string temp;
   while (getline(mySstream, temp, delim))
      return tokens;
double *getMpStat() {
   double* result = new double[4];
   std::regex regex(R"(\d{2}:\d{2}:\d{2}\s+(\d)\s+\d+[.,]\d{2}\s+\d+[.,]\d{2}\s+\d+[.,]\d{2}\s+\d+[.,]\d{2}\s+\d+[.,]\d{2}\s+\d+[.,]\d{2}\s+\d+[.,]\d{2}\s+\d+[.,]\d{2}\s+\d+[.,]\d{2}\s+(\d+[.,]\d{2}))");
   string s = do_console_command_get_result((char*)"mpstat -P ALL 1 1");
   vector<string> lines = tokenize(s, '\n');
   for (size_t i = 0; i < lines.size(); ++i)
      smatch matches;
      if (regex_search(lines[i], matches, regex))
         int cpunum = stoi(matches[1].str());
         if (cpunum >= 0 && cpunum < 4) {
            result[cpunum] = 100 - toDouble(matches[2].str());
   return result;
void printHelp() {
   printf("\n\nUsage:\n coretempmon [options]\n\n");
   printf("-h            This help\n");
   printf("-s            Silent output, just data");
   printf("-d <milliseconds>  Monitor delay in seconds (default=5)\n");
void monitoring(unsigned int delay, int loops, bool silent) {
   if (!silent) {
   printf("Core Temperature Monitor 1.0\n");
   printf("Scan delay is %d seconds\n", delay);
   printf("Stop monitoring using [ctrl]-[c]\n");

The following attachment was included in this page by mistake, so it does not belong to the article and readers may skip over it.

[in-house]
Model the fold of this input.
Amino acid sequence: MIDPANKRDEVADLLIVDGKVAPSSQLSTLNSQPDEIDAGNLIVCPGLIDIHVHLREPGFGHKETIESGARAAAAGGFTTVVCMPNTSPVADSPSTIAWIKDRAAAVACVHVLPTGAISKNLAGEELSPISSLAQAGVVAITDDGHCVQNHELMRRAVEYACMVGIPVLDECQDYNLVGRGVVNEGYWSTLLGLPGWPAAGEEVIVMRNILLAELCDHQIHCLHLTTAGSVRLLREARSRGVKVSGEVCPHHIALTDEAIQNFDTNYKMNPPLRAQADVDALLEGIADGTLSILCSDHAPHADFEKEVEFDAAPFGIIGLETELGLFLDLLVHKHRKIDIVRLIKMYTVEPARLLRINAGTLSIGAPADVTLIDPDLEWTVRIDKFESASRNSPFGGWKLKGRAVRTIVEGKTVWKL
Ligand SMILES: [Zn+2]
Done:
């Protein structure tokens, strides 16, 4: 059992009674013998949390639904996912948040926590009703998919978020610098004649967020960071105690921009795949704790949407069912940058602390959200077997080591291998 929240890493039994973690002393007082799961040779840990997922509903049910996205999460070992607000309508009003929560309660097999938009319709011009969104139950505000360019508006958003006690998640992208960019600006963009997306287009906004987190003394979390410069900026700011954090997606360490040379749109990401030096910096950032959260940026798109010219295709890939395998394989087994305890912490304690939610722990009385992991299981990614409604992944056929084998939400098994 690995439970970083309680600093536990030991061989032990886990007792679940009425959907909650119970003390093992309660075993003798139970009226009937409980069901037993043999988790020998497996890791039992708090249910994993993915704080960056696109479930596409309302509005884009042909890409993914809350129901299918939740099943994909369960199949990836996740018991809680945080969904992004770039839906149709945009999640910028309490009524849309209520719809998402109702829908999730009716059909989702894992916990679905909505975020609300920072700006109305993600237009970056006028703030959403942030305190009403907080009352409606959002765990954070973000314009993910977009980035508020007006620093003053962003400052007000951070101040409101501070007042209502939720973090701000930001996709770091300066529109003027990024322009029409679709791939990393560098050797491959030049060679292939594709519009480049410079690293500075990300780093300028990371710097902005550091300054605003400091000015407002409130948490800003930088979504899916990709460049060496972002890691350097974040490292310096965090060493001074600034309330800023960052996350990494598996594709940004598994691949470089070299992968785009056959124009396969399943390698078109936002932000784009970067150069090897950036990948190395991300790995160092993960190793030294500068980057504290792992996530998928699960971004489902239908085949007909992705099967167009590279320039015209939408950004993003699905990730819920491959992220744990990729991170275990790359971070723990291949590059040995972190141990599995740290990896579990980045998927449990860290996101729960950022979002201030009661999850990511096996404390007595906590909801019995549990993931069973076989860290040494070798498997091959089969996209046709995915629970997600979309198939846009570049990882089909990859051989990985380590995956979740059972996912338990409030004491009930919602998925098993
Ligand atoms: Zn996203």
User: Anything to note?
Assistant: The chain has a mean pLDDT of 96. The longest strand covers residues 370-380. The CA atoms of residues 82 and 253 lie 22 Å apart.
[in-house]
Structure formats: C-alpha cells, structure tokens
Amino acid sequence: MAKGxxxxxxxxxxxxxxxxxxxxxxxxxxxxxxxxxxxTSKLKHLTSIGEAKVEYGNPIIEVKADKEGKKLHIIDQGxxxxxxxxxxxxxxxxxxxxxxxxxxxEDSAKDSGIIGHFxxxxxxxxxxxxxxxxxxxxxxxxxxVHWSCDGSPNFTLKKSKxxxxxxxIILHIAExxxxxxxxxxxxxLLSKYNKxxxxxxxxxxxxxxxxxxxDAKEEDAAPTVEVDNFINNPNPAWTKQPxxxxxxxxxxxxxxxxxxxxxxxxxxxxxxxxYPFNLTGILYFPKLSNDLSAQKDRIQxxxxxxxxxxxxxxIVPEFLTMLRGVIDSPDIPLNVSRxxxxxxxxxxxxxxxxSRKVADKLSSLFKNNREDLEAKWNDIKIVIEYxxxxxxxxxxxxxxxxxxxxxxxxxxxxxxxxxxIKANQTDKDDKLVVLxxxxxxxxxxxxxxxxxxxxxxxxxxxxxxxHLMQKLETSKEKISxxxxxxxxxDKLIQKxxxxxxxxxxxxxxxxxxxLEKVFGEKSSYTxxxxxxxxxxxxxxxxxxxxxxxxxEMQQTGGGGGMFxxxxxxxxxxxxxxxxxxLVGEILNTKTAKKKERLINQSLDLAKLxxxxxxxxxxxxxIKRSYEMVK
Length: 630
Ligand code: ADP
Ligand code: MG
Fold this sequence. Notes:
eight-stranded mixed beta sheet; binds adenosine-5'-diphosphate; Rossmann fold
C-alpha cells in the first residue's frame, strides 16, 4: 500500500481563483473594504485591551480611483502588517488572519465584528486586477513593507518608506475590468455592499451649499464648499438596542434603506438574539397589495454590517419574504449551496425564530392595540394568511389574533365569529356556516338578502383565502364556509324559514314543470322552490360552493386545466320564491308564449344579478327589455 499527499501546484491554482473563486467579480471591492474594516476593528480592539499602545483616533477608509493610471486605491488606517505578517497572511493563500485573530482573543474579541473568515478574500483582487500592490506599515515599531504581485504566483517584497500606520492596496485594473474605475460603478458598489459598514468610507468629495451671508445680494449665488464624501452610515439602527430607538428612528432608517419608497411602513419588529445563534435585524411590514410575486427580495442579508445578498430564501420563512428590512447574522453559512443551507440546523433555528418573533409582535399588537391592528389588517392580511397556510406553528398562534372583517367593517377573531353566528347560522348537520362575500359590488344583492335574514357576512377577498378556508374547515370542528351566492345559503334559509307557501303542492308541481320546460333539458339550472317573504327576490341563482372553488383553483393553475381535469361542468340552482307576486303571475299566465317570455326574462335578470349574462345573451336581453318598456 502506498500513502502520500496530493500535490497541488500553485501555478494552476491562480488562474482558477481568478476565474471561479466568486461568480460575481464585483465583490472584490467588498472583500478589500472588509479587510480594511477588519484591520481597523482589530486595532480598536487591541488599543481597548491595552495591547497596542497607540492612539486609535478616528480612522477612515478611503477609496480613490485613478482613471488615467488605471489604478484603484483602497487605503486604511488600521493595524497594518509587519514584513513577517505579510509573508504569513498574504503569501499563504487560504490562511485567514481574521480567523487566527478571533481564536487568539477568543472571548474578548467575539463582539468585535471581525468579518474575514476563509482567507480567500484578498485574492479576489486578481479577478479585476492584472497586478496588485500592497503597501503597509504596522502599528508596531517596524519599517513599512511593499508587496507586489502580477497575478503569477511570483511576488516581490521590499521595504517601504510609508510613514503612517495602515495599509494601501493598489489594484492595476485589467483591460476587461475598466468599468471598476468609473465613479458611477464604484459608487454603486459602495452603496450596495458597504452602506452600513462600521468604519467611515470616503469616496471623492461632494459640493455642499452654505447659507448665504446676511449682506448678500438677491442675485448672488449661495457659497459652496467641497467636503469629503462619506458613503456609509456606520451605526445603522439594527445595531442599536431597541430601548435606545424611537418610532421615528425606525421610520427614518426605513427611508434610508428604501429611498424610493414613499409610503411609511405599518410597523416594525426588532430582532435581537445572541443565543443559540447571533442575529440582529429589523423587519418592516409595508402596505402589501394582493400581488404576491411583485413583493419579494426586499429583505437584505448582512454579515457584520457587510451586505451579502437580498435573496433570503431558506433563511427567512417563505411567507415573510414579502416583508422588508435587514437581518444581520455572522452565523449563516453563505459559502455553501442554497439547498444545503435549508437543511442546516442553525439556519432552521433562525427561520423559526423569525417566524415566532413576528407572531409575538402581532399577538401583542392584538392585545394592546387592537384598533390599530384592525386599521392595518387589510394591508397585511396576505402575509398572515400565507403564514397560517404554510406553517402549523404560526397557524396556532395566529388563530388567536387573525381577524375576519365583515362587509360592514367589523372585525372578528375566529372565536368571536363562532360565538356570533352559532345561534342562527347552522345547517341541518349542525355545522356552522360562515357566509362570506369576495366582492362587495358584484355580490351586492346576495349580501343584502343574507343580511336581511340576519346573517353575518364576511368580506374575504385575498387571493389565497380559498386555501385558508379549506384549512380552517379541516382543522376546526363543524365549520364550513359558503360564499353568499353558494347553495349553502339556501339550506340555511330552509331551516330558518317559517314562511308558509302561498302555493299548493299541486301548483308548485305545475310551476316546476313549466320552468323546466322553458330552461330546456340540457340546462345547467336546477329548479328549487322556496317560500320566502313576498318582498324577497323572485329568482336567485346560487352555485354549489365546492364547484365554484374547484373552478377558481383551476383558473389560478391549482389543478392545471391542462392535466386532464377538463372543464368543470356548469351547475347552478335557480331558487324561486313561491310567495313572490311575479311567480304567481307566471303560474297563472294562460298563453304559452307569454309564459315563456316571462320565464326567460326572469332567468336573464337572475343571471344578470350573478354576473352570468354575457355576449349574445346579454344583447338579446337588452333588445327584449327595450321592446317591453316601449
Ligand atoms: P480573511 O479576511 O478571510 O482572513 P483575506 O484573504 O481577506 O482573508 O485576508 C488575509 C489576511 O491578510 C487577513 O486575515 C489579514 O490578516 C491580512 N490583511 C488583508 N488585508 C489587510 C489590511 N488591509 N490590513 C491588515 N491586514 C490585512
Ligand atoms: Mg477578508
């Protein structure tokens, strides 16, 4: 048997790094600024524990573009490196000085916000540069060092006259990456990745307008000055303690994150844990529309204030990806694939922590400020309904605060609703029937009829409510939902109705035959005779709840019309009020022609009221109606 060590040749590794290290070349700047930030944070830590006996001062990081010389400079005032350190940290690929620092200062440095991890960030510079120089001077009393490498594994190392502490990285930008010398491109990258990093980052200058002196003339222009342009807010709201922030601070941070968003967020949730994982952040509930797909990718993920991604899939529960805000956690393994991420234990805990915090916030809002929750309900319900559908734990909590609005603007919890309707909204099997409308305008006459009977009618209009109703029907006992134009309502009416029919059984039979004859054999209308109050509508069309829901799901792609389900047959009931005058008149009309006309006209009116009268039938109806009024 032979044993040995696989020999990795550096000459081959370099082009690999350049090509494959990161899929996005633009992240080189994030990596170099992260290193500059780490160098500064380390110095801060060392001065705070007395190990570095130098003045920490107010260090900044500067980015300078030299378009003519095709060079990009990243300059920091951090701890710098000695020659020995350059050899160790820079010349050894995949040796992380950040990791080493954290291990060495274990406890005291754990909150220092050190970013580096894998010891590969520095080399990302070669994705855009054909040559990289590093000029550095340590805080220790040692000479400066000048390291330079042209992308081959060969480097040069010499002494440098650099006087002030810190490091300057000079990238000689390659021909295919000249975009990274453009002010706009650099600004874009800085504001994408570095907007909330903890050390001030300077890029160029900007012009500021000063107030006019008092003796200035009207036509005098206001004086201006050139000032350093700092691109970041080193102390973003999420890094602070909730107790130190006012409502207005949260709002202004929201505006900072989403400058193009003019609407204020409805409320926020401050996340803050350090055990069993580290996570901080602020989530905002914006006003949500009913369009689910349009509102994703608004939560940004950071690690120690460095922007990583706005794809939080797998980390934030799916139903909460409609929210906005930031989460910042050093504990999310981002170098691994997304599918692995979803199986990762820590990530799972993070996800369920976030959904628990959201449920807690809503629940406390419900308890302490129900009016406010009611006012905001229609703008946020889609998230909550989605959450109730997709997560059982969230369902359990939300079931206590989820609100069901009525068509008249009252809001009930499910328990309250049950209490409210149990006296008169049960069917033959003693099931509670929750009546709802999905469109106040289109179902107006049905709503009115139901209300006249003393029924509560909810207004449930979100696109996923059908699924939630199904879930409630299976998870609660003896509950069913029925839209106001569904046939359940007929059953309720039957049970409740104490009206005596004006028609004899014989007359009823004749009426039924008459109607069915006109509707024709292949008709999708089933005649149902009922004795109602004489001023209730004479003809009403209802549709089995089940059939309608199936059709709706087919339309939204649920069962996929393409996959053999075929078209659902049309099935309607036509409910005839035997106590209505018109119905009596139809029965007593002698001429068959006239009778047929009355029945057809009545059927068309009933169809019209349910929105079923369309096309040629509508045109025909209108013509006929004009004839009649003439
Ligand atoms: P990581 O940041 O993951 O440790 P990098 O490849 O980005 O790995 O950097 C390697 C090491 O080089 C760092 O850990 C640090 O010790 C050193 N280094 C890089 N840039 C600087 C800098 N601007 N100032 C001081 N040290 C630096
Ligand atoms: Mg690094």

printf("Time Temperature \u2103 Freq_CPU1 CPULoad1  %%CPULoad2 \%%CPULoad3 \%%CPULoad3\n");
   bool infinite = (loops == -1);
   int counter = loops;
   record_t data;
      // Getting the CPU stats
   while (infinite || counter-- >0)
      usleep(delay * 1000);
      data.cpuLoad = getMpStat();
      data.frequency = getCpuFrequency(0);
      data.temperature = getTemperature(0);
      printf("%0.2f \u2103 %0.0f MHz %0.2f %0.2f %0.2f %0.2f\n", data.temperature, data.frequency, data.cpuLoad[0], data.cpuLoad[1], data.cpuLoad[2], data.cpuLoad[3]);
static Btrieve::StatusCode
createFile(BtrieveClient *btrieveClient) {
   Btrieve::StatusCode status;
   BtrieveFileAttributes btrieveFileAttributes;
   // If Seting Fixed Record Length fails